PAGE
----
Andres Molina is originally from Colombia and is working on assemblies of photoactive molecules and films, electrochemsitry, and photelectrochemsitry at liquid-liquid interfaces.
Sally is from Waterford and received an honours degree in BSc Chemical Physics from UCC in 2015. She is now working towards her PhD funded by Science Foundation Ireland. Her research is focused on the growth and application of 3D structured porous metal oxide material architectures for high performance Li-ion batteries and electrochemical energy storage devices. These devices will provide a new range of optically active power-check modules integration-capable with other thin film technologies.
Dr Hugh Geaney
Senior Postdoctoral researcher
Vijaykumar Jadhav was born in Maharashtra, India in 1987. He received his M.Sc. and Ph.D. degree in physics from the S.R.T.M.U. Nanded, MH, India in 2009 and 2015, respectively. During his PhD research he was selected for an Indo-Korea research internship in 2014 in the School of Material Science and Engineering, Pusan National University in South Korea to work on perovskite-based materials for energy storage applications. He then completed postdoctoral research in energy storage materials for supercapacitor applications using MXene materials at Pusan National University. His research is focused on metal oxide and MXene materials for energy storage and chemical gas sensor applications. He is a recipient of a Government of Ireland Postdoctoral Fellowship in 2016 to develop advanced materials for 3D printed Li-ion batteries.
Alex is from Tipperary and graduated in 2016 from University College Cork, receiving a First Class Honours degree in Chemical Physics. Currently, he is working towards his PhD with funding from the Irish Research Council. He was the recipient of the Quercus College Scolarship based on academic performance for the years 2015 and 2016. His research is focused on electro-photonic materials circuitry for enhanced electrochemical energy storage with the aim of developing diffractive optics and photonic probes as opticall diagnostic aids for in-situ monitoring of battery materials.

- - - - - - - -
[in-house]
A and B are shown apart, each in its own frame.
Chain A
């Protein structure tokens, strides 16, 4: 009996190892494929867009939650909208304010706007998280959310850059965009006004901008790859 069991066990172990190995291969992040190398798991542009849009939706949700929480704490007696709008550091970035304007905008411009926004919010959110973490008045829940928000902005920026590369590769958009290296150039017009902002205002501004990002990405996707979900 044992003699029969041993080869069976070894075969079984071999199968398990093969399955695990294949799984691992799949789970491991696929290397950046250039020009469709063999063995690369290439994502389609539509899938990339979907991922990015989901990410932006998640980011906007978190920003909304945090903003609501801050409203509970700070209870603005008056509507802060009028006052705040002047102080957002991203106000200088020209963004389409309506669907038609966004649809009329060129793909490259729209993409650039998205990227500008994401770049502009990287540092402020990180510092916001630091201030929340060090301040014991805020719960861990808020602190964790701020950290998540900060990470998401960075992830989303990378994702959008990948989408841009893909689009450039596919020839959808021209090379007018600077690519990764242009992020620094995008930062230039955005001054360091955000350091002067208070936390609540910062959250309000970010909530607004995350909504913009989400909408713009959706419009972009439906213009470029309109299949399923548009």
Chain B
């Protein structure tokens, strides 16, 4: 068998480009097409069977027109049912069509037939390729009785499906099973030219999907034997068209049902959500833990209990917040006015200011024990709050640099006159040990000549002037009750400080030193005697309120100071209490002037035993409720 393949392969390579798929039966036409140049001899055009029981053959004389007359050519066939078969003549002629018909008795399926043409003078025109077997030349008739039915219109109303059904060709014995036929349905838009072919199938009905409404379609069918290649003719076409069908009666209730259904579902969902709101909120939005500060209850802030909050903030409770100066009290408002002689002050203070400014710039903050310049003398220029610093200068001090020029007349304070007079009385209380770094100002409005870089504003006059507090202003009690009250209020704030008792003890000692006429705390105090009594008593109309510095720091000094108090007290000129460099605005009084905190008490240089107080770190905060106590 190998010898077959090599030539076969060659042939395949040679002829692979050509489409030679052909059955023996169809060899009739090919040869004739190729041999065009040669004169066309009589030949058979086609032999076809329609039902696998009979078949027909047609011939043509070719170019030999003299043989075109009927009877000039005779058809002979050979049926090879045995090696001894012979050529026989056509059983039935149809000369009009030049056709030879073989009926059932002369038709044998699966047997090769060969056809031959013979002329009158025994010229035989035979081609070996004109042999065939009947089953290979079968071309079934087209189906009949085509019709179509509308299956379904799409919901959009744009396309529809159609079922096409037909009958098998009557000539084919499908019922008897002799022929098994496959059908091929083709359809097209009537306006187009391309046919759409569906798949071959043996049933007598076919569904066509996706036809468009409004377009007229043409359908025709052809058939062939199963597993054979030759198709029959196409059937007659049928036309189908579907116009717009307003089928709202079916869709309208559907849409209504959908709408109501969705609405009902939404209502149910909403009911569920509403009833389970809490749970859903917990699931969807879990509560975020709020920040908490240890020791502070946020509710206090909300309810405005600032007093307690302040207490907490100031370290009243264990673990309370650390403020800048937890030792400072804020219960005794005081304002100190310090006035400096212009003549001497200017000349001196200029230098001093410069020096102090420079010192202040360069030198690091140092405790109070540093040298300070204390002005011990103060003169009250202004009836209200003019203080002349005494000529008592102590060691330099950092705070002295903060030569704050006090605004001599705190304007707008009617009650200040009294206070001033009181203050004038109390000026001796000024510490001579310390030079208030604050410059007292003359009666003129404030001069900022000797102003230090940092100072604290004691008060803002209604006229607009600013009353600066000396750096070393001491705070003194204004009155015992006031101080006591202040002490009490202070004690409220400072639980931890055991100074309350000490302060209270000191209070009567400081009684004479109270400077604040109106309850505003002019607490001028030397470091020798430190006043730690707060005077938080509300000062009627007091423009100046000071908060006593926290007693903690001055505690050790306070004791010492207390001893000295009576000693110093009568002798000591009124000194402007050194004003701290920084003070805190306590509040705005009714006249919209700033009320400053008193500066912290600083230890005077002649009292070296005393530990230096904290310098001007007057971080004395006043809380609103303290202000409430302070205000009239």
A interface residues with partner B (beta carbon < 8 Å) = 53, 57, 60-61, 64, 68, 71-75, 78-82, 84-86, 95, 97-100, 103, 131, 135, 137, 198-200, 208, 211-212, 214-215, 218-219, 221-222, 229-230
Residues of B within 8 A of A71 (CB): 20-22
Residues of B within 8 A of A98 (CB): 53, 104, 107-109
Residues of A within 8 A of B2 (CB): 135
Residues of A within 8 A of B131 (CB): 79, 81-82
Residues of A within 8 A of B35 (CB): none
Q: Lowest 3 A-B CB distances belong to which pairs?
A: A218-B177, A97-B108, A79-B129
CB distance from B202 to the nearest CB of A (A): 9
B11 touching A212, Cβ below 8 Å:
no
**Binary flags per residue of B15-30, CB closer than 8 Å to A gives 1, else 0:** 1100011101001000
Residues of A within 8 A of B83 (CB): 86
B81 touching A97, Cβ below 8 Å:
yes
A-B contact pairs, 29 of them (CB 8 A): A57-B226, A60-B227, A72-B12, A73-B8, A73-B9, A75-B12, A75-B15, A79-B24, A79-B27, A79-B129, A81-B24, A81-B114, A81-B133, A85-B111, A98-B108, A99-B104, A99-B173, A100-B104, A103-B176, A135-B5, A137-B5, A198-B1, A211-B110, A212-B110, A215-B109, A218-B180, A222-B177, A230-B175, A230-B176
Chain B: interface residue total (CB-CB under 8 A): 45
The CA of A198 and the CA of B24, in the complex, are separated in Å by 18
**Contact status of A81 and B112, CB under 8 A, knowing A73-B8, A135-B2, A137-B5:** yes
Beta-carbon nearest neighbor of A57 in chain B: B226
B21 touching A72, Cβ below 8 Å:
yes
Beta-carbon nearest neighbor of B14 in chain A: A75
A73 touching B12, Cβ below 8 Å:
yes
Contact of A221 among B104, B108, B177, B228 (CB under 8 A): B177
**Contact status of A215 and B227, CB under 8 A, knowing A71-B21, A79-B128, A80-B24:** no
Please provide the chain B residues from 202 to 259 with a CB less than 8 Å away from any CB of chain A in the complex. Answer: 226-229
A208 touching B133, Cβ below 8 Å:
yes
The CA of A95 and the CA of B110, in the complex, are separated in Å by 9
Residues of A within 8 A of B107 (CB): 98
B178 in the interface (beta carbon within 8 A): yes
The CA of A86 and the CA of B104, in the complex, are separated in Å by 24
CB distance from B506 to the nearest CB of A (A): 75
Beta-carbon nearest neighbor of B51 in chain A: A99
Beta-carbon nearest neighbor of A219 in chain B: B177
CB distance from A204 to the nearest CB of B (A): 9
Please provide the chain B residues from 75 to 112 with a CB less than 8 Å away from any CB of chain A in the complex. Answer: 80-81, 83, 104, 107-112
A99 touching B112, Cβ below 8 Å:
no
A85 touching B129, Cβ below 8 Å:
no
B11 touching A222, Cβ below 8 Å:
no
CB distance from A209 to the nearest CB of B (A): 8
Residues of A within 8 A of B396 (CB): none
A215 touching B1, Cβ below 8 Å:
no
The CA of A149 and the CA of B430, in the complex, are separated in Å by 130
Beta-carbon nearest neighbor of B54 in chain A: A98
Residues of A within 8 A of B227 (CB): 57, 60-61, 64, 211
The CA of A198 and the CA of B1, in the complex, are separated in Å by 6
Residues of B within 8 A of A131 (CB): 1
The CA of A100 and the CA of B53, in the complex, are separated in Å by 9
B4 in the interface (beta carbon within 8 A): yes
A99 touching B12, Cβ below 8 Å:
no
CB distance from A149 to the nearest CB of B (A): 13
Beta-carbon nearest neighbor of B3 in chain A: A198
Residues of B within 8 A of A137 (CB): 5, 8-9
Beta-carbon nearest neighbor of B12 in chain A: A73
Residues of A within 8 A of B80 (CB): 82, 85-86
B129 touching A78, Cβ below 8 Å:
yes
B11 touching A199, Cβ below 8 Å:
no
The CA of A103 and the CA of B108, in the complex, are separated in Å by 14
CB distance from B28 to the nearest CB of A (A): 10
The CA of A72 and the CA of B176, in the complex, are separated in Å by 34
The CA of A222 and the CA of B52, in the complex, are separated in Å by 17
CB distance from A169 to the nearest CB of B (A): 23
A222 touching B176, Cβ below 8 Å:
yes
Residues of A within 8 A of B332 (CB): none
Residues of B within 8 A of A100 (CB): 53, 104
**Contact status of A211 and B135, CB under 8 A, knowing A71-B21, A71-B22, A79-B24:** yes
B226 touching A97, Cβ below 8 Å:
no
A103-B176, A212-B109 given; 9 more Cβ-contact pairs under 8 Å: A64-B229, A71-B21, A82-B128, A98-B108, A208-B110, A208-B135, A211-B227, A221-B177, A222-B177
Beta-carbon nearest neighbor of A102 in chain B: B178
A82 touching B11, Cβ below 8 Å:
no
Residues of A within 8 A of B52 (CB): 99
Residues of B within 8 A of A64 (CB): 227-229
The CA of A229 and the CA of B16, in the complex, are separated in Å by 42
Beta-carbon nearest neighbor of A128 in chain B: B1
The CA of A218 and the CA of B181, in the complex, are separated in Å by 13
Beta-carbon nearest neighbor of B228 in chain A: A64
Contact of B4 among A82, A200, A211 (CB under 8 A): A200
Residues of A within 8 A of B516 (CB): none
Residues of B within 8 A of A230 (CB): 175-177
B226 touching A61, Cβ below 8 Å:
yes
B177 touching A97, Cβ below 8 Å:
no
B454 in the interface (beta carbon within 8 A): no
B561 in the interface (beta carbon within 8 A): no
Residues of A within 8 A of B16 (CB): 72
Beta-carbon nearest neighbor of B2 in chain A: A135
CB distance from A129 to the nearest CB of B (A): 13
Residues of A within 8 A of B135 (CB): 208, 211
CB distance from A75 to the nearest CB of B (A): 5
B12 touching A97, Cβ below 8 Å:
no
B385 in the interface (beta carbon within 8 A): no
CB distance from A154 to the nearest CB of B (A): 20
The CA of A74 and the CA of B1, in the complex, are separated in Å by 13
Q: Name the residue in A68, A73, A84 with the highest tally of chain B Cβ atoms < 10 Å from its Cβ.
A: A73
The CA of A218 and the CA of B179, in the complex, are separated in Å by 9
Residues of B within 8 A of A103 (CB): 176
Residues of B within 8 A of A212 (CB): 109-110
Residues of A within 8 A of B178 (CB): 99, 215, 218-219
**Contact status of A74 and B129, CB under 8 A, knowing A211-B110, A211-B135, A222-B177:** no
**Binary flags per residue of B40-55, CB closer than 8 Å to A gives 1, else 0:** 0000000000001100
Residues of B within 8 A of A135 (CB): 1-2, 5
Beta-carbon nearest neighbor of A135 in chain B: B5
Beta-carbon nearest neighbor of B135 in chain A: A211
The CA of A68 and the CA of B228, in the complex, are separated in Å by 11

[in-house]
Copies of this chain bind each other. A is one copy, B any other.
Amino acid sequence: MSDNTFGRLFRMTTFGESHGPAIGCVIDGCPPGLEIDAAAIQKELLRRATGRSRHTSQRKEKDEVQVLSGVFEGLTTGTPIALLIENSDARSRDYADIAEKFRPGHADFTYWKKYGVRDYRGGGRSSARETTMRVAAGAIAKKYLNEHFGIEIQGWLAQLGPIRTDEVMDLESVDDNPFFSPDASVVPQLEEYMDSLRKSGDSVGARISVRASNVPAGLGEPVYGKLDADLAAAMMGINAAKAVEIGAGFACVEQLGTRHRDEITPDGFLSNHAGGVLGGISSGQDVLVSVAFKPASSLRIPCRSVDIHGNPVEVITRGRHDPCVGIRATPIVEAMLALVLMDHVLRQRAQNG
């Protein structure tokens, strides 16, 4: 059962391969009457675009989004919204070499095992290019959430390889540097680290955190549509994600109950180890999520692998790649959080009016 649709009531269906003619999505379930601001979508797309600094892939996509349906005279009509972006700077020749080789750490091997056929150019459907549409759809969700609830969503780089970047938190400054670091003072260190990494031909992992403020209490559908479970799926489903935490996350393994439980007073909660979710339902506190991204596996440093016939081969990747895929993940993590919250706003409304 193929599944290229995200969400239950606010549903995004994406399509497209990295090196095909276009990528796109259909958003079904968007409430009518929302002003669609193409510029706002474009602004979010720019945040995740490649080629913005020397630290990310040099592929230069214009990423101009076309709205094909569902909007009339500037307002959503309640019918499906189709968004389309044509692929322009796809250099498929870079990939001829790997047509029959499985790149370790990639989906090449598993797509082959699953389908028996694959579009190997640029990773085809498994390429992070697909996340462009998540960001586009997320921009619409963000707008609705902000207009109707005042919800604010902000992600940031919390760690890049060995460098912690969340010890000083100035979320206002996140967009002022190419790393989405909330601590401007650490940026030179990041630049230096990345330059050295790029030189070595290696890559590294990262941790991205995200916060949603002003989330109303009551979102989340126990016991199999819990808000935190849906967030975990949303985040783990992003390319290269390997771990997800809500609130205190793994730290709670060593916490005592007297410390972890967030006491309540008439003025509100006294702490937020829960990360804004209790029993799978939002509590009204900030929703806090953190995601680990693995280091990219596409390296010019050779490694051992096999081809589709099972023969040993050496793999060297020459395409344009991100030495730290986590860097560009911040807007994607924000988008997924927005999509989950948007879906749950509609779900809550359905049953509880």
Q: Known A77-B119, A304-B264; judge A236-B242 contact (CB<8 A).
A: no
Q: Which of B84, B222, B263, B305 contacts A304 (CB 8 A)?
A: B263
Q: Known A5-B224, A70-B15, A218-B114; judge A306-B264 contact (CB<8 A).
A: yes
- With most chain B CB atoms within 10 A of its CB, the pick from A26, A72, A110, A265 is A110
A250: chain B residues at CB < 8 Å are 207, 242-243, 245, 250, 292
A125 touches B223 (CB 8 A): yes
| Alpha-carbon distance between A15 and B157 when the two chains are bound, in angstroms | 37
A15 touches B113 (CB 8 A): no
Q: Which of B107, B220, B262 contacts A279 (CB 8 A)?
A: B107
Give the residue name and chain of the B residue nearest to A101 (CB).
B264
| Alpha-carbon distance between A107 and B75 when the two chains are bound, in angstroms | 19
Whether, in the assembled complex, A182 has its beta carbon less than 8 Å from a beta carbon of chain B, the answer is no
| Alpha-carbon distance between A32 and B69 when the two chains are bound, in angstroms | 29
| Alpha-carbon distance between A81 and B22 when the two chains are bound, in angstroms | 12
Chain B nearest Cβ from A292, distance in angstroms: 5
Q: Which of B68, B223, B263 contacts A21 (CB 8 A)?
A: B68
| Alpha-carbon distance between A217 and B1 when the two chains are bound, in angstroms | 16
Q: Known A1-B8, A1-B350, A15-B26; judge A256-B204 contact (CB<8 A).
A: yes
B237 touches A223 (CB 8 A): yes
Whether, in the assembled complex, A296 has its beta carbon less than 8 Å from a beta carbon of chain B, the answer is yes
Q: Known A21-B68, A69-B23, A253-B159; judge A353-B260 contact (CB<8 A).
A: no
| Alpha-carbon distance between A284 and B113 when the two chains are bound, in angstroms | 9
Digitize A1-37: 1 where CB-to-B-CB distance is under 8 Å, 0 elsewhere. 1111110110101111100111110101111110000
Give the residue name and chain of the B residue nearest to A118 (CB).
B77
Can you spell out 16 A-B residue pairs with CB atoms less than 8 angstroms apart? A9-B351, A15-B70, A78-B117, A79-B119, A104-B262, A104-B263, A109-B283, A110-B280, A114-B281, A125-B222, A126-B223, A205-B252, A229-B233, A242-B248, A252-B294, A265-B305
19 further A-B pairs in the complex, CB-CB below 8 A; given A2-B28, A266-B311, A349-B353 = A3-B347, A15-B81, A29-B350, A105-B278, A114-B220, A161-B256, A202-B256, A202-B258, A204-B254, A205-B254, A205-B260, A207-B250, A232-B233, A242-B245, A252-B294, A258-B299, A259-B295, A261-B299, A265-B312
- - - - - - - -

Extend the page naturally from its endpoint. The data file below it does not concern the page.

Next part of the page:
Anya is from West Cork, and graduated from University College Cork in 2017, earning a first class honours degree in Chemistry. Since October 2017 she has been working at the Tyndall National Institute as a PhD student, having received funding from the Irish Research Council Enterprise Partnership Scheme in conjunction with Intel. Her PhD research involves the understanding, control, and applications of 2D electron gases on semiconductor surfaces.
Emma Coleman is from Cork. She graduated from University College Cork in October 2017 with an honours BSc in Chemistry. She is currently based in the Tyndall National Institute working towards her PhD. She is funded by Science Foundation Ireland in a project shared with Trinity College Dublin. Emma’s research is focused on investigating 2D material base alternative channels for next generation integrated nanoscale electronics. More specifically, she is studying the use of transition metal dichalcogenide MoS2 as a channel material in electronic devices.